In The Golden Bough(1890) Frazer refined Tylor's views on magical thought, discussed the relationship of magic to religion and science, and placed them all in a grandiose evolutionary scheme. He accepted Tylor's theory about the false cause-effect relationship between magical and natural events, calling magic a "spurious system of natural law," and analyzed the principles behind the false relationship. According to Frazer the principles were that "like produces like, or that an effect resembles its cause" (the Law of Similarity) and that things once in physical contact with each other later continue to act on each other at a distance (the Law of Contact or Contagion). Magic based on the former he called homeopathic magic, that based on the latter he called contagious magic. He added the notion of taboo as negative magic, acting on the same principles of association.

Frazer also developed an evolutionary scheme for magic and religion. He saw magic and religion as belonging to different stages in the development of human thought. Magic was prior because it seemed to him to be logically more simple, because he assumed (erroneously, as was shown later) that the Australian Aborigines, examples of an archaic people, believed in magic but not in religion, and because magic forms a substratum of superstition even in advanced societies. According to Frazer, individuals in the earliest cultures must have come to realize the inefficacy of magic and the powerlessness of men to control nature; from this they postulated the existence of omnipotent spiritual beings who required supplication in order to direct nature as men wanted. Thus there came into existence religion. The final stage in this schema began with the recognition of the existence of empirical natural laws, aided by the discoveries of alchemy and then of science proper. With this final development religion joined magic as superstition.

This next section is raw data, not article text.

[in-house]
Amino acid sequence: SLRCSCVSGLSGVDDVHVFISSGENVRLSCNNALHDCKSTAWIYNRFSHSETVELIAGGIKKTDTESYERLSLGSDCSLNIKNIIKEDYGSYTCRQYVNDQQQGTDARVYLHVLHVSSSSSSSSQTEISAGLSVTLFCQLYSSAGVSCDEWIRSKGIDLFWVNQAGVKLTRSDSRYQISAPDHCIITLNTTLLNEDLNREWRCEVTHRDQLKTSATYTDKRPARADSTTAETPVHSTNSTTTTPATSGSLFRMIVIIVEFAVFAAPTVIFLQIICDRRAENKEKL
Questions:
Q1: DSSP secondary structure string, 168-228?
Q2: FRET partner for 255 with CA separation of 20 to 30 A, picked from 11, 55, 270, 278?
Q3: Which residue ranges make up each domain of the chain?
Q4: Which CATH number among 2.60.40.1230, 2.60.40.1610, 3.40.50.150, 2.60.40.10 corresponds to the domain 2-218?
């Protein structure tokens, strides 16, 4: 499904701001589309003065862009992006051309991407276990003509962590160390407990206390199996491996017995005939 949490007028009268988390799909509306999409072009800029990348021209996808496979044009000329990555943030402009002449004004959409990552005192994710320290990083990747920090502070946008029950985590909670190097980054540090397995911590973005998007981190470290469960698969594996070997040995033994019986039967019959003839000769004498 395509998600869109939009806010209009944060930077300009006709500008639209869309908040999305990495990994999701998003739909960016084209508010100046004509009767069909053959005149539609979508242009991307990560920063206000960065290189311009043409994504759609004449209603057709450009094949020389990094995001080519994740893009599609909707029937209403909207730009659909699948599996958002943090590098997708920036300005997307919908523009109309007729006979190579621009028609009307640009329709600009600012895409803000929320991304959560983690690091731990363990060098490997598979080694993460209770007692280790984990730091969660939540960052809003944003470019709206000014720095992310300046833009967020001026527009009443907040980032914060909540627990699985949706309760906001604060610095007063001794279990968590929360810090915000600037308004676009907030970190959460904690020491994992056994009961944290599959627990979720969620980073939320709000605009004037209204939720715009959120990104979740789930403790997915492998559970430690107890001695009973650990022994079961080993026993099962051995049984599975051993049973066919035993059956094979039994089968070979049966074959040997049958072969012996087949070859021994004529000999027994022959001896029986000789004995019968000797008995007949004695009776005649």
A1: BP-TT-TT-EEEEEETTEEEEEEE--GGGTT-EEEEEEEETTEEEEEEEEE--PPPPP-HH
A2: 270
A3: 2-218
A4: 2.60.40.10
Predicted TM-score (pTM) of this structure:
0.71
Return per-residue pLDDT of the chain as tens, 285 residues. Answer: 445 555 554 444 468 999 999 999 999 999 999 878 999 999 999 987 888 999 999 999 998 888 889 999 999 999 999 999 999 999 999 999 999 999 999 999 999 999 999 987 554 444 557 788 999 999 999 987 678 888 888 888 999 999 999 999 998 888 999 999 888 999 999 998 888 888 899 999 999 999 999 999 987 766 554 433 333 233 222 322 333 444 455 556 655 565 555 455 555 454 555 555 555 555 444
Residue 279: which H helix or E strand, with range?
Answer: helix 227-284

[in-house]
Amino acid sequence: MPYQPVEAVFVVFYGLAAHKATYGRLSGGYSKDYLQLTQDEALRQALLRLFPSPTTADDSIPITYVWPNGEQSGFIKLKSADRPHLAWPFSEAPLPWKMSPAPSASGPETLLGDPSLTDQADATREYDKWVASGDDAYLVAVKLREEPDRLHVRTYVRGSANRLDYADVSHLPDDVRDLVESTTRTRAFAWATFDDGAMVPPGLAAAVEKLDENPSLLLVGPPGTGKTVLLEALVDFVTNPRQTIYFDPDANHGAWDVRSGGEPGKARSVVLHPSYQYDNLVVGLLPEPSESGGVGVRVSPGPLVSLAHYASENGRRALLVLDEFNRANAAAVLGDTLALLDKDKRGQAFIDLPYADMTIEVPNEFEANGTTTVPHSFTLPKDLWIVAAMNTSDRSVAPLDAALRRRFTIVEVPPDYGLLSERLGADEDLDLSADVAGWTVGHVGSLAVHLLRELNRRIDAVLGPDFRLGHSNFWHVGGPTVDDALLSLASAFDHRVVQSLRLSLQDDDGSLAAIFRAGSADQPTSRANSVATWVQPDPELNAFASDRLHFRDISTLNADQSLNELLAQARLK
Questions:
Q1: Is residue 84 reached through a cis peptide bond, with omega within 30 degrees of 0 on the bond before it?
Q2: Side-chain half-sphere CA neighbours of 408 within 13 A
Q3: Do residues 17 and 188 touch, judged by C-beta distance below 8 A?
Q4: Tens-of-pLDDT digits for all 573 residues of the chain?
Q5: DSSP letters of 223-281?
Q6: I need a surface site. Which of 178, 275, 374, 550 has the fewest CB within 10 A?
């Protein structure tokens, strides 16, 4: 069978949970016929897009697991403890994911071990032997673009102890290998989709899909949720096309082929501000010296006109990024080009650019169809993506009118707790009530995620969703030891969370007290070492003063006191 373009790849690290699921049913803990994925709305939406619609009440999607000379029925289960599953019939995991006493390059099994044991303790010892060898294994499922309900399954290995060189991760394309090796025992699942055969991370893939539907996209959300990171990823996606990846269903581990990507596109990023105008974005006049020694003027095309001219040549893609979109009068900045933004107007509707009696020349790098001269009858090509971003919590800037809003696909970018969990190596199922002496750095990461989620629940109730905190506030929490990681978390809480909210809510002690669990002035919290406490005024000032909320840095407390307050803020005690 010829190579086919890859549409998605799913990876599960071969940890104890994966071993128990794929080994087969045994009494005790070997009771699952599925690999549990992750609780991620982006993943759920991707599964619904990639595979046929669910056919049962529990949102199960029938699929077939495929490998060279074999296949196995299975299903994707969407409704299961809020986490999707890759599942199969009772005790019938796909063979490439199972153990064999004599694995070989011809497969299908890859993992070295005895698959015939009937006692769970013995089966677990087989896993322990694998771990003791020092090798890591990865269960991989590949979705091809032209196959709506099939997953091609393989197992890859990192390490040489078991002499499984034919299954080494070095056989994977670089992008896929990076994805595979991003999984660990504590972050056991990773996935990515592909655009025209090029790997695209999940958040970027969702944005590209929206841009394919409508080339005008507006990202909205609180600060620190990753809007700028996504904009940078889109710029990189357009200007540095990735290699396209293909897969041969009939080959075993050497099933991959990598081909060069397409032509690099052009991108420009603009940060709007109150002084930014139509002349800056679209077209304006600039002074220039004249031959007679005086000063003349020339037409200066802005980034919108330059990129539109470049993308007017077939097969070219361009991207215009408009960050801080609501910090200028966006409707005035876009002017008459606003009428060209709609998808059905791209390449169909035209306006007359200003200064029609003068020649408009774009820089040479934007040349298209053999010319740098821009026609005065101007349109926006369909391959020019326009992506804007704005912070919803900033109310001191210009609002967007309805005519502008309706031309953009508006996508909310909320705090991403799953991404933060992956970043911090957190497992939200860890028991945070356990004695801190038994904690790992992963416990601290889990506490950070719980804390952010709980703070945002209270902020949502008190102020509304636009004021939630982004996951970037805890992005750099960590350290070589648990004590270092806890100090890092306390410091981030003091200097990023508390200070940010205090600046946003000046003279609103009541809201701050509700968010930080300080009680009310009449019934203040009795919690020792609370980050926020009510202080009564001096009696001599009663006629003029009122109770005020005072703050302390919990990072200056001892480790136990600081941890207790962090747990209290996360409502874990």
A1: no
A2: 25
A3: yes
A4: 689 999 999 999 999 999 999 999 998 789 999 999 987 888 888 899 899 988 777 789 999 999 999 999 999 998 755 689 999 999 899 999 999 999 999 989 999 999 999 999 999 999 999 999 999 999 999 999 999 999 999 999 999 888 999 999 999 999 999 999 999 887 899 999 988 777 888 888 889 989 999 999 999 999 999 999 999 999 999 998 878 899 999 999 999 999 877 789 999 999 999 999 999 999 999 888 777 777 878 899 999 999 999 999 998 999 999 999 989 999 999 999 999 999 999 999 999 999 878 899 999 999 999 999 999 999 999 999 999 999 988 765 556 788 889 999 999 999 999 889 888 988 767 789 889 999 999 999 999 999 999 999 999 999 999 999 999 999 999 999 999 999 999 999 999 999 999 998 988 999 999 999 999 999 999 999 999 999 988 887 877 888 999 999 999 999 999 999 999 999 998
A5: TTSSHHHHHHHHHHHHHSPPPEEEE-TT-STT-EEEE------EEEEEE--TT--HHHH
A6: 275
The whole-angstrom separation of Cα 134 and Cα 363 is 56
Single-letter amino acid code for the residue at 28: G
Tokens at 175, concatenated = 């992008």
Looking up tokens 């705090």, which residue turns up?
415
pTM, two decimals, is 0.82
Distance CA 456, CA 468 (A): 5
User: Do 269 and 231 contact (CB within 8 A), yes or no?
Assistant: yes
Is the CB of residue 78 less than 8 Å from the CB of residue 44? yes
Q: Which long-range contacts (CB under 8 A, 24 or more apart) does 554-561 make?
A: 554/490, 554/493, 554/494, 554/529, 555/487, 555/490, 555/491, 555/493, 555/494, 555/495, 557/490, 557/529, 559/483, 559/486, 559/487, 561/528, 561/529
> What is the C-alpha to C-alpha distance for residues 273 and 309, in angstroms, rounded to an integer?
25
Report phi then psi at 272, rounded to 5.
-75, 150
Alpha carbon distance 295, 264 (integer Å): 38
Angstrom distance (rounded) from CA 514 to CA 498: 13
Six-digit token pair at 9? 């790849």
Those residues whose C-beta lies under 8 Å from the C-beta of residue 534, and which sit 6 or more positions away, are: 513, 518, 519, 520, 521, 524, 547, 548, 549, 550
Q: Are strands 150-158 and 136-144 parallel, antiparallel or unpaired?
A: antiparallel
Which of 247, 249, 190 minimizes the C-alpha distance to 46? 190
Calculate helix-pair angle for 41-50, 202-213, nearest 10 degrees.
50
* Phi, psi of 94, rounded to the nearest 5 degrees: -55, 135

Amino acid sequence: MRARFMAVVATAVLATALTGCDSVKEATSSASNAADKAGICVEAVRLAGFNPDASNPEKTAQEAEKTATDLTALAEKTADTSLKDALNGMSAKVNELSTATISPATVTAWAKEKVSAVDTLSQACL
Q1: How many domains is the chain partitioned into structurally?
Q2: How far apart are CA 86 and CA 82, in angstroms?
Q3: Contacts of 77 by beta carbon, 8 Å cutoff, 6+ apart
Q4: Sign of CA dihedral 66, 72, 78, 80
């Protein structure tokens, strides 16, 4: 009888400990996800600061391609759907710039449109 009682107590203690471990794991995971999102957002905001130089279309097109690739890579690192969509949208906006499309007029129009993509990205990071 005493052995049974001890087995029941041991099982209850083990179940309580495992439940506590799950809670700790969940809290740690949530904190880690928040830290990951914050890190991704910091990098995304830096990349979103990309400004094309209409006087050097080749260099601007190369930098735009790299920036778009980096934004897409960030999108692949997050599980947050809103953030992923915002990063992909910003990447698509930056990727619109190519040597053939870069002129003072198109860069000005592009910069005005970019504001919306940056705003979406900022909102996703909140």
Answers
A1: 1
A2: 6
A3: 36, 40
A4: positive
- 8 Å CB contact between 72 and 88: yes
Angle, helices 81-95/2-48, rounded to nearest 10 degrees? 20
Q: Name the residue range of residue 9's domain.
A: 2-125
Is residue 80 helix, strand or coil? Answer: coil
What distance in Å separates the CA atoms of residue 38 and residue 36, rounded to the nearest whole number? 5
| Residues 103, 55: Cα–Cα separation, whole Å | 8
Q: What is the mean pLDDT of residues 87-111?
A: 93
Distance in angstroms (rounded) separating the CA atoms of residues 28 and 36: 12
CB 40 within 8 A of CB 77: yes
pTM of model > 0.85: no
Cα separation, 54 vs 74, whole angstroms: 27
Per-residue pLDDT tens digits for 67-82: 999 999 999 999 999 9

These writers, and their followers such as R. Ranulph Marett (1866-1943), regarded magic as essentially an individual and intellectual matter, one of the ways in which individuals think about the world. Another line of writers widened the discussion by regarding the problem as essentially one of the social function of magic. The first such writers of note were the French sociologists Marcel Mauss (1872-1950) and Émile Durkheim. Durkheim, in The Elementary Forms of the Religious Life (Eng. trans. 1915), considered that magical rites comprised the manipulation of sacred objects by the magician on behalf of individual clients; the socially cohesive significance of religious rites proper, by the priests, was therefore largely lacking. His views were followed by Radcliffe-Brown (The Andaman Islanders1922) and to a lesser extent by Malinowski (Argonauts of the Western Pacific, 1922, and various papers brought together as Magic, Science and Religion, 1925), the latter influenced more by Frazer and the early psychoanalysts. Radcliffe-Brown's main hypothesis has been mentioned above: the social function of magic was to express the social importance of the desired or protected event. Malinowski, on the other hand, regarded magic as being opposed to religion, and as directly and essentially concerned with the psychological needs of the individual. It acted to extend his normal knowledge and competence; to provide confidence in situations of technical uncertainty by "ritualizing optimism"; to express desires that are otherwise unrealizable in a small and technically limited community; and, as counter-magic, to explain failure. Malinowski's influence has been marked, due largely to the fact that his was the first detailed and firsthand account of the actual working of an ongoing system of magic. Other writers, notably Marett in England and Robert Lowie and Alexander Goldenweiser in the United States, differed from Tylor and Frazer in voicing the opinion that the distinction between magic and religion reflects an ethnocentric distinction between the "natural" and the "supernatural" that is largely untenable.